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The 1918 influenza pandemic

Page 7 – Aftermath

Following the pandemic, speculation about the Niagara's role in bringing the virus to New Zealand continued. The Department of Public Health was also heavily criticised. The government responded by setting up a royal commission with wide powers of investigation.

It fell to Robert Makgill, acting Chief Health Officer, to implement the royal commission's recommendations. One was for a new Health Act ‘to consolidate and simplify the existing legislation'. Historian Geoffrey Rice describes the resulting Health Act 1920 as ‘the most useful legacy of the 1918 influenza pandemic'. The legislation:

was so well drafted that it survived with only minor amendments until the 1956 Health Act, which itself still followed the general pattern of the 1920 Act. At the time it was widely recognised as a model piece of health legislation, said to be the best of its kind in the English language.

Remembering the pandemic

As the government took steps to improve the health system, people began to return to their ordinary lives – often without parents, husbands, wives or other family members.

Considering the number of lives lost during pandemic, it is surprising that the event has not had greater 'prominence in national histories and public monuments'. Geoffrey Rice suggests that its 'mark on the collective memory may have been more distinct' had it struck during peacetime.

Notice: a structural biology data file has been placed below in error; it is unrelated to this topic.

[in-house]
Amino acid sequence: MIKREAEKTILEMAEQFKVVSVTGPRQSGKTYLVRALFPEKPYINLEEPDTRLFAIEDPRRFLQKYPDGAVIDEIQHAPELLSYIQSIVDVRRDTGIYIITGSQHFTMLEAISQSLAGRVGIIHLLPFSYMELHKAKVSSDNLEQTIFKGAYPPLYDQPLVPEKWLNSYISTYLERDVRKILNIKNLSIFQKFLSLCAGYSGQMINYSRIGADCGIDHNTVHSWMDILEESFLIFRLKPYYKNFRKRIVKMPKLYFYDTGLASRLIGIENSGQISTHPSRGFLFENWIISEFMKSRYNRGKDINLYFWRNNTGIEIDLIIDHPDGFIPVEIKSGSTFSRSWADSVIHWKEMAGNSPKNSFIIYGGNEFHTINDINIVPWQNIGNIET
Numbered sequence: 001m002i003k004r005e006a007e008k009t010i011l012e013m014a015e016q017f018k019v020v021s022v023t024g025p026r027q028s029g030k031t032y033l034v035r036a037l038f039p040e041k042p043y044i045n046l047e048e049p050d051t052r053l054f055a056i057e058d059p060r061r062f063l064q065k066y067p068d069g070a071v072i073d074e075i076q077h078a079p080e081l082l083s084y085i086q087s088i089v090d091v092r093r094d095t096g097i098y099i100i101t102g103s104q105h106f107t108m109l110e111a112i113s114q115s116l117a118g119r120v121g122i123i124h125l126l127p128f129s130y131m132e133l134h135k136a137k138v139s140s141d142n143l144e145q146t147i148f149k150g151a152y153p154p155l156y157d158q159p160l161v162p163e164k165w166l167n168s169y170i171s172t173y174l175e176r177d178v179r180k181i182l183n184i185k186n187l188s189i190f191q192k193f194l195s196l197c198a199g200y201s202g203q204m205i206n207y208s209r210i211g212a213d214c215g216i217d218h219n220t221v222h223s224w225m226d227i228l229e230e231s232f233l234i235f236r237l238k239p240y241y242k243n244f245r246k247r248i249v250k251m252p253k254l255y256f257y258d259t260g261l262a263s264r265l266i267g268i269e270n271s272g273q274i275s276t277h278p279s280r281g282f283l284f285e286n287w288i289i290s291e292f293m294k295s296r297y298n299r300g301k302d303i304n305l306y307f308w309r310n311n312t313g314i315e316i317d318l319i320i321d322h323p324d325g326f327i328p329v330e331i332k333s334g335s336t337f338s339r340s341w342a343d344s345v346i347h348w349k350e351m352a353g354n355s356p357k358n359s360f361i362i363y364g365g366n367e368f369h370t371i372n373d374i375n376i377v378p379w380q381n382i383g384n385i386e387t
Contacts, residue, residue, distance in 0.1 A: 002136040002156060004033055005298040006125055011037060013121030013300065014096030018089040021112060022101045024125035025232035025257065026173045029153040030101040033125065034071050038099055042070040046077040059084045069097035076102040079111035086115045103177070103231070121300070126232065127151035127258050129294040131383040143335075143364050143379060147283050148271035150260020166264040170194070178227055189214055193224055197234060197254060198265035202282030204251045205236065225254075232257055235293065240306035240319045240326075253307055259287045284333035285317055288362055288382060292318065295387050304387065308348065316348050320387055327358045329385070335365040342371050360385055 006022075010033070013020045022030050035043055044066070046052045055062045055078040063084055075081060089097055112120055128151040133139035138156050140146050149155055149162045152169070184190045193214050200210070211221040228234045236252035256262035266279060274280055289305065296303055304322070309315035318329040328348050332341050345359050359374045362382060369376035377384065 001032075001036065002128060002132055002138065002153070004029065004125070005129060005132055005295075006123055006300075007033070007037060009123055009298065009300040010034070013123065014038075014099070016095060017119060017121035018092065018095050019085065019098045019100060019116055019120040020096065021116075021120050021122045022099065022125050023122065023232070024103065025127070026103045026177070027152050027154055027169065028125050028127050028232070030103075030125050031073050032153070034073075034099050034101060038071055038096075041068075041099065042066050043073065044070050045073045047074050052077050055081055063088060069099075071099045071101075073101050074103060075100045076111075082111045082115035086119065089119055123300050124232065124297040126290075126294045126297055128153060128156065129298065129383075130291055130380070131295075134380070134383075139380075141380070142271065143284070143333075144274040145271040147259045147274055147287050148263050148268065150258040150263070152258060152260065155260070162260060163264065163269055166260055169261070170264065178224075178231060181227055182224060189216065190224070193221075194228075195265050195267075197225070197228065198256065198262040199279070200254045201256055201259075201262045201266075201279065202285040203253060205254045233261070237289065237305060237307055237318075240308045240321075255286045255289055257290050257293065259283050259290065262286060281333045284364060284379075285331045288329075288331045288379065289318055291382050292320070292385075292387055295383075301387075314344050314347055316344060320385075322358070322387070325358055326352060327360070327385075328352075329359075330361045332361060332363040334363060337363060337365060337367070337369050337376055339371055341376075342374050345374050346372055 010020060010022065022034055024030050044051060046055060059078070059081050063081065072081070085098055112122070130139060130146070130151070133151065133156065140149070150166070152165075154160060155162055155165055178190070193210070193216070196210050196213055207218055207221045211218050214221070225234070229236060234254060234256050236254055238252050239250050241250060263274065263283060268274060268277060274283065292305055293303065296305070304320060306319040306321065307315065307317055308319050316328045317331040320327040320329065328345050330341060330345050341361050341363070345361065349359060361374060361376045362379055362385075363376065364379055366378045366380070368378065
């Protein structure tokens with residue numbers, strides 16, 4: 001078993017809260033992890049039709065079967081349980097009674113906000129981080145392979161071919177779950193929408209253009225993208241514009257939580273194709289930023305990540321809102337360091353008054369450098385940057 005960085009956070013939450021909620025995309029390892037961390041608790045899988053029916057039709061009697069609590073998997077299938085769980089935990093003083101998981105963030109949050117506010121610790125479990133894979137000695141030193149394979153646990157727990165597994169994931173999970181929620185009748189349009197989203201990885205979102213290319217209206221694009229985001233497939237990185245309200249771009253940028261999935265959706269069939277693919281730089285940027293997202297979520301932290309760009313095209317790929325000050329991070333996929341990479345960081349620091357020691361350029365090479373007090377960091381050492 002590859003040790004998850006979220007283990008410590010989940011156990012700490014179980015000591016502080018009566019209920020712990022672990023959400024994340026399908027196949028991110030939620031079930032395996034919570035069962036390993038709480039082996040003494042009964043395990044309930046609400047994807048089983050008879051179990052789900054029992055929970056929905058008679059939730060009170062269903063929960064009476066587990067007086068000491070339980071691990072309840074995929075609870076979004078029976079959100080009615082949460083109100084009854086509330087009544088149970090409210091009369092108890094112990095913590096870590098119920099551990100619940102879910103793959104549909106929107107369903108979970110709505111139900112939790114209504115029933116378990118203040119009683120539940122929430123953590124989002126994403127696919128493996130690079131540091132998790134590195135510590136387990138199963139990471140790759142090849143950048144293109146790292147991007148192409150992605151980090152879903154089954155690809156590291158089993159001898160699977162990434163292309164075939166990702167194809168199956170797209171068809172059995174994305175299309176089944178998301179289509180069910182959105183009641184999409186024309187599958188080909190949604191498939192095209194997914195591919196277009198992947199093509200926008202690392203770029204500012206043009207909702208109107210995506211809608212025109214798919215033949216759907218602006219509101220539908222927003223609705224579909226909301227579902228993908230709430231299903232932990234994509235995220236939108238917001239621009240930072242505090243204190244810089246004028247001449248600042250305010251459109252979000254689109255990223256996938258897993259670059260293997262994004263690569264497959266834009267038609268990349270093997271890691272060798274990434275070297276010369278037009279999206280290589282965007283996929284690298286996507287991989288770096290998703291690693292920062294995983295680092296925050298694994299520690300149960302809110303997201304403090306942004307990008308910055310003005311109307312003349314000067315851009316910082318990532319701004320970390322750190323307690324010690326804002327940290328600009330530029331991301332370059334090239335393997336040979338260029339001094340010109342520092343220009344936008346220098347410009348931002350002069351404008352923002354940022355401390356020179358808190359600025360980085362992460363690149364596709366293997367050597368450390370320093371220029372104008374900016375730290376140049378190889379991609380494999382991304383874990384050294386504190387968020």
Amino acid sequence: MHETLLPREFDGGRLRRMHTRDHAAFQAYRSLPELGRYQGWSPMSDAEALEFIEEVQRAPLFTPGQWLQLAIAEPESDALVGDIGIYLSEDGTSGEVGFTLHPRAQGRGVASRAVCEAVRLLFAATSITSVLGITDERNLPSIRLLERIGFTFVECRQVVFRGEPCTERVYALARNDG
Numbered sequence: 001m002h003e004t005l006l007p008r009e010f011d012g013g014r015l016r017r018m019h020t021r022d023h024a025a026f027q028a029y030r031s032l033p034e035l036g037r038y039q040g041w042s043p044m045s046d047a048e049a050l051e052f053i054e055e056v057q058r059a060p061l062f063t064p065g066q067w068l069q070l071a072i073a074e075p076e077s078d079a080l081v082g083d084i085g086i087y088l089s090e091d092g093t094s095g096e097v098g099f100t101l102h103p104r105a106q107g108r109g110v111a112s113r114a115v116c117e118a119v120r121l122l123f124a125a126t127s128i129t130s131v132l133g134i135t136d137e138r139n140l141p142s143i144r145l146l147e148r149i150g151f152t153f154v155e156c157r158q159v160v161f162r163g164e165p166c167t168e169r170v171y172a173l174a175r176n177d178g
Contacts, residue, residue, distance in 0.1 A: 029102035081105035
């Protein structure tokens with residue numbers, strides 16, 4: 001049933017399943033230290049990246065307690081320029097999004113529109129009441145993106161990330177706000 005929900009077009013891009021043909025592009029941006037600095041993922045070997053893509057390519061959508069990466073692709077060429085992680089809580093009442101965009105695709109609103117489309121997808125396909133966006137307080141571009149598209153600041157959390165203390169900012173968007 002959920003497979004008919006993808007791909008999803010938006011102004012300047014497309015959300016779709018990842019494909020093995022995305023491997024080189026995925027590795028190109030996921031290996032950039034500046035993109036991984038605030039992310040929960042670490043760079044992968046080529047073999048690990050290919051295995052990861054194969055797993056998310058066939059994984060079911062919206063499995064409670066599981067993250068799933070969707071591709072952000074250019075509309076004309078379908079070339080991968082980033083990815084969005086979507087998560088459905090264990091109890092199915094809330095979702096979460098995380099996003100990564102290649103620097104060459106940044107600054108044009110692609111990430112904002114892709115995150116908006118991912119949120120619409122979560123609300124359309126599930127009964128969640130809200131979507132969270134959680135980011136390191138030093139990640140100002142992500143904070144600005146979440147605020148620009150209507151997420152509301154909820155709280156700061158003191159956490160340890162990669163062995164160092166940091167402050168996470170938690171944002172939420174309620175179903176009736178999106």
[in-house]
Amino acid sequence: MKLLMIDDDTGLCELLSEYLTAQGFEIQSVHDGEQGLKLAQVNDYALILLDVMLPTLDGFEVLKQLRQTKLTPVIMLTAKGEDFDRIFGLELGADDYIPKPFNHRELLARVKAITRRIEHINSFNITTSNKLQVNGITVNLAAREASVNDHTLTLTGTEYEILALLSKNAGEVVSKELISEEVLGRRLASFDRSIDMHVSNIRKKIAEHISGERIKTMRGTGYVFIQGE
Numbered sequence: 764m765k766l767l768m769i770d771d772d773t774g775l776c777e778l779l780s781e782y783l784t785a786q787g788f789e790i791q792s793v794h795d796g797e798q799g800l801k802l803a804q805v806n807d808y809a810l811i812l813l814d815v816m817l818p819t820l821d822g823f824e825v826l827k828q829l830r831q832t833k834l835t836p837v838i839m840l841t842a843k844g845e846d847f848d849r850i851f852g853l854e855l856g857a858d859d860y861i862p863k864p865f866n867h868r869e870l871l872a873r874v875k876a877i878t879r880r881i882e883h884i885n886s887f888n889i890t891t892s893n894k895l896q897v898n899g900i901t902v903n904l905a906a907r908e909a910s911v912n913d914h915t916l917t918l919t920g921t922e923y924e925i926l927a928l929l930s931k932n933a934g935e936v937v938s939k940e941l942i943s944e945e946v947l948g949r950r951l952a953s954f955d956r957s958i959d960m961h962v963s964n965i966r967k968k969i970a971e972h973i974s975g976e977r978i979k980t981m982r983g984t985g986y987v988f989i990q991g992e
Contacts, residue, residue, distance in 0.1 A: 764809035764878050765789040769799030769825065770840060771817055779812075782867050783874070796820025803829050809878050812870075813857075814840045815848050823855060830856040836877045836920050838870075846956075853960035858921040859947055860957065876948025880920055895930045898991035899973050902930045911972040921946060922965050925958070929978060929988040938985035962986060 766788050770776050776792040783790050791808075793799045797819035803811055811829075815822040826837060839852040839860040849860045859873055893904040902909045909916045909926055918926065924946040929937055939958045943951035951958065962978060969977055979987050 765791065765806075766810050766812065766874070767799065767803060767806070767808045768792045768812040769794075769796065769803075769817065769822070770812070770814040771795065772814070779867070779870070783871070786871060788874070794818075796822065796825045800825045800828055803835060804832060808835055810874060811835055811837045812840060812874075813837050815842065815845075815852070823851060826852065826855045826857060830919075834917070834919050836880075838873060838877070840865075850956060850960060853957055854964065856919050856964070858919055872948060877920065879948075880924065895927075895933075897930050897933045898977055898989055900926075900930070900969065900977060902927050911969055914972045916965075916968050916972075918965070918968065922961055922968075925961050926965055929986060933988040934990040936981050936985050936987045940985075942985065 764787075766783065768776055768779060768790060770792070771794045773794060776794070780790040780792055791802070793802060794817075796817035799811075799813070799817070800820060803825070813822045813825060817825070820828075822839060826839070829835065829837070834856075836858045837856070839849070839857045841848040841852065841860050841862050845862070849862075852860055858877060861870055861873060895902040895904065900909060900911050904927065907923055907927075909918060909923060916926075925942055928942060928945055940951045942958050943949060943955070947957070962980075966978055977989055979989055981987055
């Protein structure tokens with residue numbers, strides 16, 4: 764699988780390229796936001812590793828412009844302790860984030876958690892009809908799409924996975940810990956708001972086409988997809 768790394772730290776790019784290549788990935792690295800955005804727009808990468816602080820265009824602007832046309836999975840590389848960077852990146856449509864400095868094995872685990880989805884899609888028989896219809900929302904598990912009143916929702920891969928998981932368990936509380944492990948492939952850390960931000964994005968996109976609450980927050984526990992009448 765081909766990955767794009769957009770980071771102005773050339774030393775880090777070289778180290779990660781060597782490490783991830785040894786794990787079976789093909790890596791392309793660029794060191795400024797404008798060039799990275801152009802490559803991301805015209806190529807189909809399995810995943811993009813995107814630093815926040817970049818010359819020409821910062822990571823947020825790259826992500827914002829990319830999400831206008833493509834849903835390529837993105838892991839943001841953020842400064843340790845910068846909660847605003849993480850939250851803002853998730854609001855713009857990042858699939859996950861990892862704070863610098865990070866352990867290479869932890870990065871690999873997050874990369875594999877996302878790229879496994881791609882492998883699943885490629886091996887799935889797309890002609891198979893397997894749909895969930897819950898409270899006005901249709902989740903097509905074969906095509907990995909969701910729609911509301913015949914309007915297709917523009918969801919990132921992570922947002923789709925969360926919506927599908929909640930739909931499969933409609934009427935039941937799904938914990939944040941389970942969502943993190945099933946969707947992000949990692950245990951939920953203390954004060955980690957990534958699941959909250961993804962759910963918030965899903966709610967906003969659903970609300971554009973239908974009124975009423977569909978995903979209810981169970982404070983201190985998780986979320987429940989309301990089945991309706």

The pandemic was certainly remembered by those who lived through it. Visit our media gallery to read and hear some of their recollections. These are taken from a 1967 radio documentary produced by Jim Henderson and entitled The great plague. None of the interviewees are named in the documentary.

Two statues erected in Canterbury to honour doctors who died during the epidemic, Dr Little at Waikari and Dr Margaret Cruickshank (New Zealand's first woman doctor) at Waimate, are among the few public monuments to victims of the pandemic.

On 6 November 2019 an influenza pandemic memorial plaque was unveiled at Pukeahu National War Memorial Park by the Prime Minister and Minister for Arts, Culture and Heritage Rt Hon Jacinda Ardern. The memorial remembers those who lost their lives and acknowledges the health professionals and large numbers of volunteers who risked their lives to care for the sick. It also recognises how the tragedy has helped to shape modern approaches to infectious disease management and surveillance.

How to cite this page

Aftermath, URL:, (Manatū Taonga — Ministry for Culture and Heritage), updated